Salazar Underscores Economic Value of Investing in Outdoors During Visit to Eastern Mountain Sports Store

Also Meets with Youth Volunteers at Great Bay National Wildlife Refuge to Emphasize Importance of Volunteerism

Last edited 09/05/2019

PORTSMOUTH, N.H. — Secretary of the Interior Ken Salazar today underscored the importance of investing in parks, refuges, and other public lands to promote economic growth and create jobs during a meeting with conservation and outdoor recreation leaders at an Eastern Mountain Sports store.

Salazar also toured Great Bay National Wildlife Refuge and met with youth volunteers to highlight the vital role conservation partners and volunteers play in the protection and restoration of our national wildlife refuges.

“Our nation's investment in conservation of our land, water, and wildlife and in providing outdoor recreational opportunities for the public is an investment in economic growth and jobs for local communities,” Salazar said. “When you consider that one out of 20 jobs in America is associated with recreation, this is a time when we should be continuing to expand opportunities for people to hike, hunt, fish, and connect with the natural world.”

“Access to wild places for human powered recreation is good for our bodies, good for our souls and good for the U.S. economy”, said Will Manzer, CEO of Eastern Mountain Sports and Chairman of the Board of Directors of the Outdoor Industry Association. “We're proud to play a small part in the growth of the outdoor industry and we're committed to doing everything we can to see that growth continue.”

“Protecting New Hampshire's natural lands and habitats is critical not just for the sake of our state's environment, but for the sake of our state's economy as well,” said U.S. Senator Jeanne Shaheen (D-NH). “As a destination for tourists and outdoor sports enthusiasts from around the country, New Hampshire's parks and refuges provide a significant boost to our state's economic growth, and it's vital that we continue to engage in conservation efforts to protect them through public-private partnerships.”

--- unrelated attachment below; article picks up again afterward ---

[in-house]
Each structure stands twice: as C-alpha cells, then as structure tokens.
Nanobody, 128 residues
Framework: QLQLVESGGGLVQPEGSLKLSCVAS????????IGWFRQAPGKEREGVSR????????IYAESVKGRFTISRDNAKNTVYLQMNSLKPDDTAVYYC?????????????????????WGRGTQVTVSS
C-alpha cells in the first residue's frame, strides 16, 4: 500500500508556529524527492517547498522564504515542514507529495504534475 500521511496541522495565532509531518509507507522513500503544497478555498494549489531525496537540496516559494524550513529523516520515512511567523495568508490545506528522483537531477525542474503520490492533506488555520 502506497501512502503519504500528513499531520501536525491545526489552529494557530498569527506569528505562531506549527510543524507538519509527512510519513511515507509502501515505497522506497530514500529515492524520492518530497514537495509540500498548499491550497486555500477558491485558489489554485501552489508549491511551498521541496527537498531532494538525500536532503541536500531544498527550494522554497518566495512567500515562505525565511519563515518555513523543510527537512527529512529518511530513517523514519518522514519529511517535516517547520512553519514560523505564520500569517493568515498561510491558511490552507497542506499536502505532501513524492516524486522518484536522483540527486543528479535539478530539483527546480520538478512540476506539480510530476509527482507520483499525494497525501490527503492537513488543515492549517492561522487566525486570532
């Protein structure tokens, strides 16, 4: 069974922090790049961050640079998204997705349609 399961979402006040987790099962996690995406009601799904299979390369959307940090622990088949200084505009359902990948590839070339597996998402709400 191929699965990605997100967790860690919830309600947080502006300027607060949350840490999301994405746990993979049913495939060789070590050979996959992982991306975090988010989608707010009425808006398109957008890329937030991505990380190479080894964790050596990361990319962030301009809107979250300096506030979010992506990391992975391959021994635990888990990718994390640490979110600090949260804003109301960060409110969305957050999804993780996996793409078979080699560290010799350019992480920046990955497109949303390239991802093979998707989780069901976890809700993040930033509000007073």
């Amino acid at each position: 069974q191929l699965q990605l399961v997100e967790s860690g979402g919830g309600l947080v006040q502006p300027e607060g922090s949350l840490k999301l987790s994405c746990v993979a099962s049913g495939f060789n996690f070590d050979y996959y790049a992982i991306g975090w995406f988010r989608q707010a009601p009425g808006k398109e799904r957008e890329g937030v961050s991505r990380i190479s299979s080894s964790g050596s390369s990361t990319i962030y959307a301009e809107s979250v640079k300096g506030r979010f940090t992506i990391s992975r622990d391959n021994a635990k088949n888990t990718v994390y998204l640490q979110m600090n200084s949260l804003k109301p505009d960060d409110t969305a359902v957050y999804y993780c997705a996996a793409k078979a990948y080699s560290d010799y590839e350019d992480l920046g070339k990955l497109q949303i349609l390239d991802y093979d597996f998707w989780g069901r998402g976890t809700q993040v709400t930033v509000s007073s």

Salazar noted that more than 12 million Americans hunt, more than 30 million fish, and three out of four engage in some kind of healthy outdoor activity. This contributes an estimated $730 billion to the U.S. economy each year.

According to Outdoor Recreation Industry, outdoor recreation supports 53,000 jobs in New Hampshire, generates $261 million in annual sales tax revenue, and produces nearly $4 billion in retail sales and services in the state.

As the manager of one out of every five acres of the United States, the Department of the Interior supports $363 billion and 2.2 million jobs annually, he said. Recreation in national parks, refuges, and other public lands alone led to nearly $55 billion in economic contribution and 440,000 jobs in 2009.

Salazar cited the importance of President Obama's America's Great Outdoors initiative to establish a conservation ethic for the 21st century and reconnect Americans, especially young people, to the natural world.

He urged strong support for the Land and Water Conservation Act, the landmark program that funnels revenues from oil and gas development to support acquisition of land and waters for conservation and recreation. Each dollar from the fund generates $4 in economic activity.

At Great Bay National Wildlife Refuge, Salazar toured a wheelchair-accessible trail and met with the team of Youth Conservation Corps volunteers who built the trail. He noted that the refuge has no on-site staff and depends extensively on volunteers who assist with maintenance, invasive species management activities, and hosting visitors.

“Our country could not have the world's greatest system of wildlife refuges if it were not for the partnership and volunteerism of the American people,” Salazar said. “More than 200 Friends groups support our refuges and more than 43,000 volunteers donate more than 1.6 million hours of their time and talent -- the equivalent of 775 full-time staff members.”


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